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INFO   :::  Region > Bosnia - PAGE 1 > Reform without institutional change


Reform without institutional change

Daniel Serwer

November 18, 2015



The Center for Transatlantic Relations conference on Twenty Years after Dayton: Prospects for Progress in Reforms in Bosnia and Herzegovina wrapped up yesterday. Here are ten of my main takeaways:


1.The Reform Agenda the Europeans, the IMF and the World Bank are pursuing contains lots of good initiatives that Bosnian politicians of all stripes warmly welcome, hoping they will generate the prosperity so sorely lacking since the financial crisis of 2007/8 (or at least a large flow of IFI and EU funding).

2.Focus on the Reform Agenda has driven political and institutional reform, without which it is hard to picture much improvement in the functionality of government in Bosnia, off the agenda, at least for the moment.

3.The leadership of the two Bosnian sub-state entities, Republika Srpska (RS) and the Federation, are happy with this, as it blocks any effort to strengthen the state and empowers them to collaborate in fulfilling the demands for policy reform from the EU and the international financial institutions in ways that don’t endanger the powers that be.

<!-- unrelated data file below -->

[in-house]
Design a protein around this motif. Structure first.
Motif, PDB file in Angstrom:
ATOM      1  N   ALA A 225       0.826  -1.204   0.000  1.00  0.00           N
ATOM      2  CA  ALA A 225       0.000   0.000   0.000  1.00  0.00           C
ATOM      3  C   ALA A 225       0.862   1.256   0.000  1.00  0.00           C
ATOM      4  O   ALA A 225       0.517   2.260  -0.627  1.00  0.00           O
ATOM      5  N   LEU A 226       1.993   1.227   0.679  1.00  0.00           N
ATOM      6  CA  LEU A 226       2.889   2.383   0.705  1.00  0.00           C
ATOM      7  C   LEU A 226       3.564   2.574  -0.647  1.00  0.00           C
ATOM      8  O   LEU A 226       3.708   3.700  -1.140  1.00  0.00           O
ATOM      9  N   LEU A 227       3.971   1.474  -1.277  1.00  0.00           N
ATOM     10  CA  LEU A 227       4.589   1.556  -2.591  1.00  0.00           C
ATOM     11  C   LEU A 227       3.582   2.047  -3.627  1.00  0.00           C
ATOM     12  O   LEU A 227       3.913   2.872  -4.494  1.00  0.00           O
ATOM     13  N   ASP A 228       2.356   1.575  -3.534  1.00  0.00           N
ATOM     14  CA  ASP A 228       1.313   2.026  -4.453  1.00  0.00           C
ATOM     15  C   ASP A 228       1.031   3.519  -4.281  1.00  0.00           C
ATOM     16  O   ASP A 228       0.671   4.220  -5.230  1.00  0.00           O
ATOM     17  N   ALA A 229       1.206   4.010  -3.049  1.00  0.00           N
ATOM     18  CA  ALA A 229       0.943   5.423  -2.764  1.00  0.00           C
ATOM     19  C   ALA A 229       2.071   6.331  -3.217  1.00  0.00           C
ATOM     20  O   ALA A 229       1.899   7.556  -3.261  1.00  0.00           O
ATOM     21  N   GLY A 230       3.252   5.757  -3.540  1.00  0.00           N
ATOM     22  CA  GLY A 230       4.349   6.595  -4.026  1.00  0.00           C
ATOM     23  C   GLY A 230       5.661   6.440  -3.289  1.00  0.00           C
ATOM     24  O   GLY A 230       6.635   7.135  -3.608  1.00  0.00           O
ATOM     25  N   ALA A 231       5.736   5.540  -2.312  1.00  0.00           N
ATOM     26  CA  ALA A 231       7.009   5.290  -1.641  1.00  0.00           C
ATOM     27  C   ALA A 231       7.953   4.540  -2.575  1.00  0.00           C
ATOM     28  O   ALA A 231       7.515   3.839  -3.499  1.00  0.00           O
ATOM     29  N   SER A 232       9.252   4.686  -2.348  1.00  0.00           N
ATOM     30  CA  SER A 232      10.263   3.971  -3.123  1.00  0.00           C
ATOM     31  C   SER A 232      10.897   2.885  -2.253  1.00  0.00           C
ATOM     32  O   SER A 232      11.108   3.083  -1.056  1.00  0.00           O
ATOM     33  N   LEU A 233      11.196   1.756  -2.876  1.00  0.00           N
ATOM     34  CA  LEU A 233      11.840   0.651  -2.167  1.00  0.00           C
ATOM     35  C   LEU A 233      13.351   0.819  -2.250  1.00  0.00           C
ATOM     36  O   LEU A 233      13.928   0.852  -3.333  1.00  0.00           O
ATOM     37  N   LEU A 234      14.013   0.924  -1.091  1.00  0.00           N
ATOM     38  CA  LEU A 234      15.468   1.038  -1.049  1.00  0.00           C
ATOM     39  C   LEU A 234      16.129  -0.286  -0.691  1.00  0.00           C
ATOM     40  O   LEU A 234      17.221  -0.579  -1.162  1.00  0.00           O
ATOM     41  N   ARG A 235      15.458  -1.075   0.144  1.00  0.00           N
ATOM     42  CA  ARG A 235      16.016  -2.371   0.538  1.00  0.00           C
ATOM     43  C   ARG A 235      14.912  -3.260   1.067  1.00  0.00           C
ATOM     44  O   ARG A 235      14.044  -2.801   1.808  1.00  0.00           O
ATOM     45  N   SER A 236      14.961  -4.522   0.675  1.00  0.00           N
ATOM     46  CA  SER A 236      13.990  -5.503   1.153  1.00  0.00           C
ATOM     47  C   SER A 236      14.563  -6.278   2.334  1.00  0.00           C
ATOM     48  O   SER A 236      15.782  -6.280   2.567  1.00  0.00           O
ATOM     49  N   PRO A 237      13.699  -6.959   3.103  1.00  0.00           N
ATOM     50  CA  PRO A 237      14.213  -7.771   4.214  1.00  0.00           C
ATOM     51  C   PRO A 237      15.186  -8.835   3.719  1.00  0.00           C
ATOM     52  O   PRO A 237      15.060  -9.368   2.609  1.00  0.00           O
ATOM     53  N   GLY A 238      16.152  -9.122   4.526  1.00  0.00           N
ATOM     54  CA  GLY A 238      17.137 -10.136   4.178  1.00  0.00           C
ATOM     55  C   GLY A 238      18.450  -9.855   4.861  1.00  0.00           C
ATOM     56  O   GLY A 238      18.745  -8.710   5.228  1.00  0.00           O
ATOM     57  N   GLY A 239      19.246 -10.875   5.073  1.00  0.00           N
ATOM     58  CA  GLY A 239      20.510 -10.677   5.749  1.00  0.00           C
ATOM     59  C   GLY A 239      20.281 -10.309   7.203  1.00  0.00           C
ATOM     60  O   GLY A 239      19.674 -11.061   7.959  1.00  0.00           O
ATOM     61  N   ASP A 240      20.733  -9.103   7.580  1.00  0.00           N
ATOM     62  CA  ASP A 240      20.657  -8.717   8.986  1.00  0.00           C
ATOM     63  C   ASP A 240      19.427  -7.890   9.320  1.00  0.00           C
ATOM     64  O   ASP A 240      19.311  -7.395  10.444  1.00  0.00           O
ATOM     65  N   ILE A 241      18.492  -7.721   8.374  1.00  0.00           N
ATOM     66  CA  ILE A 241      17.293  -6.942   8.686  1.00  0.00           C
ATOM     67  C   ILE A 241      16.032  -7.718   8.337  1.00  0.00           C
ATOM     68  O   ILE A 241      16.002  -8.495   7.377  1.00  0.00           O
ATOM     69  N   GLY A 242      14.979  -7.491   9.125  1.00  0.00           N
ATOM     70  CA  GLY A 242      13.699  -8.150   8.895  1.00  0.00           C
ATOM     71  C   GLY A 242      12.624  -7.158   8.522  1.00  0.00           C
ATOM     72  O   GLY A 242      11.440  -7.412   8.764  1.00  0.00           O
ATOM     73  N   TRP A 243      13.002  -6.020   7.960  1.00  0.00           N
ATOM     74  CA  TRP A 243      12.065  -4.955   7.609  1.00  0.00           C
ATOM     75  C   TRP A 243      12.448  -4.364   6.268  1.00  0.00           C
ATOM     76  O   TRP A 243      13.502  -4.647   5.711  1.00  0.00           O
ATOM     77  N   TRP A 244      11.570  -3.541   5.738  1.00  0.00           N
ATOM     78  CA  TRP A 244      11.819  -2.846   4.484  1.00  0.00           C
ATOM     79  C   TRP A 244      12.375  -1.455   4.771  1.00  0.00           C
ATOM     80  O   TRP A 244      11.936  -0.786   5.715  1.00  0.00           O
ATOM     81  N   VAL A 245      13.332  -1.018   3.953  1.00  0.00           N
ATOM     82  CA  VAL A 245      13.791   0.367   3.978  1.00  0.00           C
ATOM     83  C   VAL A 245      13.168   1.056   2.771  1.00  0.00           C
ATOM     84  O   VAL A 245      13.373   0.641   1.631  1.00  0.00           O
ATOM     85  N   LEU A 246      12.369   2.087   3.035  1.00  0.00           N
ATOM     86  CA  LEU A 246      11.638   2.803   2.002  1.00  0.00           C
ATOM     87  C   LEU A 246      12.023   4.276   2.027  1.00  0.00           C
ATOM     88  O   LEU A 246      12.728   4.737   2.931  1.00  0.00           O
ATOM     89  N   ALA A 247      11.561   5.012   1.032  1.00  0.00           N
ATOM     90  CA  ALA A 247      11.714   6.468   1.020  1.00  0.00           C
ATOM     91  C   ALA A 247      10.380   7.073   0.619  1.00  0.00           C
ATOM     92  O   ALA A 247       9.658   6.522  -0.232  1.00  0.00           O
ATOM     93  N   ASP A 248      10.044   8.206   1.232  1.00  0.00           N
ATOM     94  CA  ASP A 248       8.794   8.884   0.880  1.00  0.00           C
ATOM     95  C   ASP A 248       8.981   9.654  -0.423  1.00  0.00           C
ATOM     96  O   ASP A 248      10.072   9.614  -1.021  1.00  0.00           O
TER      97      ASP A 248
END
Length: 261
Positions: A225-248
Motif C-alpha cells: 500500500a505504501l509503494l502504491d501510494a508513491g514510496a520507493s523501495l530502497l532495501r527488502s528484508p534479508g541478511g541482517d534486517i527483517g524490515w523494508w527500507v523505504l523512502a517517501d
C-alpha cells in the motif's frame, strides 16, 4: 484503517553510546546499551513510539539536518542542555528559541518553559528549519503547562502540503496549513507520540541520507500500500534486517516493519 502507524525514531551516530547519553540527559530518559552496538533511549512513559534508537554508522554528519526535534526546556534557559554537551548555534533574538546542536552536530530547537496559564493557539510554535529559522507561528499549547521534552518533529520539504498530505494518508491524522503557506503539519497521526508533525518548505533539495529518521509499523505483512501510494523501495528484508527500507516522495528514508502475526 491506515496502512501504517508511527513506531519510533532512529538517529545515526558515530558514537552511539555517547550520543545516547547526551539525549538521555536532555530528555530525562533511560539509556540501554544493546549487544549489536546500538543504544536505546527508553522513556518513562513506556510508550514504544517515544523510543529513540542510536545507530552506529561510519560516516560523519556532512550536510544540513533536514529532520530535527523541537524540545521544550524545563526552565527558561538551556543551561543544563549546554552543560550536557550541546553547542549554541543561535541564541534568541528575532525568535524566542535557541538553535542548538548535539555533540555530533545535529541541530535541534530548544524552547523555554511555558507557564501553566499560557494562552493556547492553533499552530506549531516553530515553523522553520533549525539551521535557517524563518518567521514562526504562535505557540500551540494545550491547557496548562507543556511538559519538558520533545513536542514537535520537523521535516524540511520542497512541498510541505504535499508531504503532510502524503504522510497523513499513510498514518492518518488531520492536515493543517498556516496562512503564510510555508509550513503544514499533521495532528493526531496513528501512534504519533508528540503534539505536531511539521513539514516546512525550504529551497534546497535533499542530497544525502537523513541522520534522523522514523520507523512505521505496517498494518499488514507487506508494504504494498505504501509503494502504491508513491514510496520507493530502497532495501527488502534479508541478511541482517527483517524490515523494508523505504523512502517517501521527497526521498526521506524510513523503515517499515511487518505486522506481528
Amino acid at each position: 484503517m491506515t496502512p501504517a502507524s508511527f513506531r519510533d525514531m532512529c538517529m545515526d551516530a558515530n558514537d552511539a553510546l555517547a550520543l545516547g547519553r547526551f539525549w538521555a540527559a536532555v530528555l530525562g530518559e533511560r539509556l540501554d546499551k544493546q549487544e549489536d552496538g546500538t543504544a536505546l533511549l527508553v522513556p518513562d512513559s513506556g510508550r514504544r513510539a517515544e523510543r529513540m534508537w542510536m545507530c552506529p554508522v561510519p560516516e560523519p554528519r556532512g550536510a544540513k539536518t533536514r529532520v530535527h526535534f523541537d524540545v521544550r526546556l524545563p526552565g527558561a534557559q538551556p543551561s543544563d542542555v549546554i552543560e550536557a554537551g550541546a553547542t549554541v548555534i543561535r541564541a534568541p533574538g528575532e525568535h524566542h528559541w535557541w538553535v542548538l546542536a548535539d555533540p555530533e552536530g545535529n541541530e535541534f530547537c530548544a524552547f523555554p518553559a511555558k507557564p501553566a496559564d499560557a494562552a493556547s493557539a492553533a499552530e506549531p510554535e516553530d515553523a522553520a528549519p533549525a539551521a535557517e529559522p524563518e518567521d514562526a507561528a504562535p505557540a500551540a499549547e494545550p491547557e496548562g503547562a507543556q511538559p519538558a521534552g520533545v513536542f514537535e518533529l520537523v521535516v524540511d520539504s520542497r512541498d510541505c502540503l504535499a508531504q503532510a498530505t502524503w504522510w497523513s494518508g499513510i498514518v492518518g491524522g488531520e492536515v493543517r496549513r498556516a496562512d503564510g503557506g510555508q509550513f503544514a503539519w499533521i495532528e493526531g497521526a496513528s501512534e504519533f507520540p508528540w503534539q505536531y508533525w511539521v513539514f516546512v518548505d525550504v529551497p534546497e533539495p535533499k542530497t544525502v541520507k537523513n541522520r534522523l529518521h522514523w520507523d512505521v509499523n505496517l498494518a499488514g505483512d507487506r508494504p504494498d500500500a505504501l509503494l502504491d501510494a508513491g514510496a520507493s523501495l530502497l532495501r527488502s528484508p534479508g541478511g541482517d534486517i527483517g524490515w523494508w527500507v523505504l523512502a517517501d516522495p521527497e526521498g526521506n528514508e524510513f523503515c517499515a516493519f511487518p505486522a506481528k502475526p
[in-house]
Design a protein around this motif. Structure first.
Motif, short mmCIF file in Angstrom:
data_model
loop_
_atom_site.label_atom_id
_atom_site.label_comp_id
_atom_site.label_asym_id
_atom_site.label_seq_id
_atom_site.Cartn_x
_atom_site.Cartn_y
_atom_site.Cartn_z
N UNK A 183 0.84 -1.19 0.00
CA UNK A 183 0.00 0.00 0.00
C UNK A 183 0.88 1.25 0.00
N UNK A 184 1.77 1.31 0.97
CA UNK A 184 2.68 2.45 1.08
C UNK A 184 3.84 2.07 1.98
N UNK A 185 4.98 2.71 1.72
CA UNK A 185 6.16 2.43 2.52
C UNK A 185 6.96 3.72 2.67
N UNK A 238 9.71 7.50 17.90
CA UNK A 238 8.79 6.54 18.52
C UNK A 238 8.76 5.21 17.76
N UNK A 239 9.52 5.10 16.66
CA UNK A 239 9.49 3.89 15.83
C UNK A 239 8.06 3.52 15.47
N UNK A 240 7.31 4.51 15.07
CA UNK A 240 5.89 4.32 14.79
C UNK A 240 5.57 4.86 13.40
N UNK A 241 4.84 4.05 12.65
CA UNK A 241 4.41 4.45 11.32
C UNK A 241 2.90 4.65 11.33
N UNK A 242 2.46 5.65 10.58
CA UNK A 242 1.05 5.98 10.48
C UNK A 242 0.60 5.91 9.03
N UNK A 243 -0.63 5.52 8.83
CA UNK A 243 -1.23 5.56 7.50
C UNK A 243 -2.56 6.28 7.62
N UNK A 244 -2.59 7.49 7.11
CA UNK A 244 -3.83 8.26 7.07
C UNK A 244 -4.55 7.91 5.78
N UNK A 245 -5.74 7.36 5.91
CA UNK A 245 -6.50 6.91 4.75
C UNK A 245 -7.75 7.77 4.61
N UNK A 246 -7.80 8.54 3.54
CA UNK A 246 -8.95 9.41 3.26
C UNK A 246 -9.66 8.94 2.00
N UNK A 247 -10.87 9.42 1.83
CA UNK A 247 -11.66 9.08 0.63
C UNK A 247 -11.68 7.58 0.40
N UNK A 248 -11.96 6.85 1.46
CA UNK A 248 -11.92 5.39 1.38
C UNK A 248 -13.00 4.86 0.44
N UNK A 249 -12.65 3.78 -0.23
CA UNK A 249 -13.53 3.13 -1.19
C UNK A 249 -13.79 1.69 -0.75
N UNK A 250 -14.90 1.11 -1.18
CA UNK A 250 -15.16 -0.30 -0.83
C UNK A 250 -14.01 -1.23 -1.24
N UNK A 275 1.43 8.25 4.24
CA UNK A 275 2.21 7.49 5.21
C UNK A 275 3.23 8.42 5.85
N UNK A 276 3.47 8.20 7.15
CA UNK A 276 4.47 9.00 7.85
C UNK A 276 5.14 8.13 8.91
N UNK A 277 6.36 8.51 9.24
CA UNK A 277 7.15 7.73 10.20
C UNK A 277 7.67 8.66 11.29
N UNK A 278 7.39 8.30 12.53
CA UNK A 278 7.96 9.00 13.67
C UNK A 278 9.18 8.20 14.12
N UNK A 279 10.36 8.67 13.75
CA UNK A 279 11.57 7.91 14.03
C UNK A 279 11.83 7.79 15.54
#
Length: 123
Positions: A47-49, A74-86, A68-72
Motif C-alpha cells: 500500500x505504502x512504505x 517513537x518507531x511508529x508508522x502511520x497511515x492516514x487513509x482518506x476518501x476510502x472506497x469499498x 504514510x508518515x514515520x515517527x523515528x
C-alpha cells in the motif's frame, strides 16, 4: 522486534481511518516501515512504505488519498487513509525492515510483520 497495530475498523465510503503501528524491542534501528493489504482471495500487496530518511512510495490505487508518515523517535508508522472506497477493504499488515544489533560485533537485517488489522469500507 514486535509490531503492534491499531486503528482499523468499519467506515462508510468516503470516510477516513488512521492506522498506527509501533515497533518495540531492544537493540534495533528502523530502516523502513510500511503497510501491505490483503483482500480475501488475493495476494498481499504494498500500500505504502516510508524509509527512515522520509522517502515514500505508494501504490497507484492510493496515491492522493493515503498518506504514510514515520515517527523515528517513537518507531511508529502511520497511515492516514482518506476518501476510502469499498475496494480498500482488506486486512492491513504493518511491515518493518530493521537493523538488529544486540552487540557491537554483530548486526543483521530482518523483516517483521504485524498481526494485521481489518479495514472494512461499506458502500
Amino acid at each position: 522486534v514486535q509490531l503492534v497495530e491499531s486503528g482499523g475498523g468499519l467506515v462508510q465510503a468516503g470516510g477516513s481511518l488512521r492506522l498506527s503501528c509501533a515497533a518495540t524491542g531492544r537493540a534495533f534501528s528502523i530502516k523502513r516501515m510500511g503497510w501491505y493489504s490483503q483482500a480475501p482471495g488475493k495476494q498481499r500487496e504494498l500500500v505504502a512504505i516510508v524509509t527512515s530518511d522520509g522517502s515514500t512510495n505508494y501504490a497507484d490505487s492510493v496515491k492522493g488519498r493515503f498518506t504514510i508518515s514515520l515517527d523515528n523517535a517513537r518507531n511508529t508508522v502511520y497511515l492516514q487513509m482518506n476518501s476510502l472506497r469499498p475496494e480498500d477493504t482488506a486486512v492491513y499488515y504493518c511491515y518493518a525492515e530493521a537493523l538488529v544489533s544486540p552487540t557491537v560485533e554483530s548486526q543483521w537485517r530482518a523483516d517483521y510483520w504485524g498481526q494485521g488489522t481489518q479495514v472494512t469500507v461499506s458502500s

4.Policy collaboration between the entities is frequent and substantial but unlikely to bring about any serious institutional change.

5.Republika Srpska continues to try to use the threat of holding a vague and tendentious referendum on the High Representative and the state judiciary to extract concessions from the Europeans in the “structured dialogue” on the judiciary.

6.Serbs (even within the RS) are however not united in supporting the referendum, though I imagine it will pass overwhelmingly if held (since many of those opposed won’t vote).

7.The lure of eventual EU membership is unlikely to be strong enough to prevent the referendum from being held; RS President Dodik is aiming to neuter the Bosnian state judiciary, not to enter the EU.

8.If the referendum passes, the Americans would want to respond with some vigor, but it is not clear the EU would join in.

9.Referendum or not, the RS is progressing towards its goal of accumulating all the sovereign power it thinks itself entitled to under the Dayton constitution.

10.The state government could end up lacking the authority required to negotiate and implement the acquis communitaire, making the EU accession of Bosnia and Herzegovina highly unlikely unless there is a serious effort at institutional reform and strengthening state competences, including the authority of its judiciary throughout the country.

Oh, how I wish I am wrong. But that’s how I see the situation.



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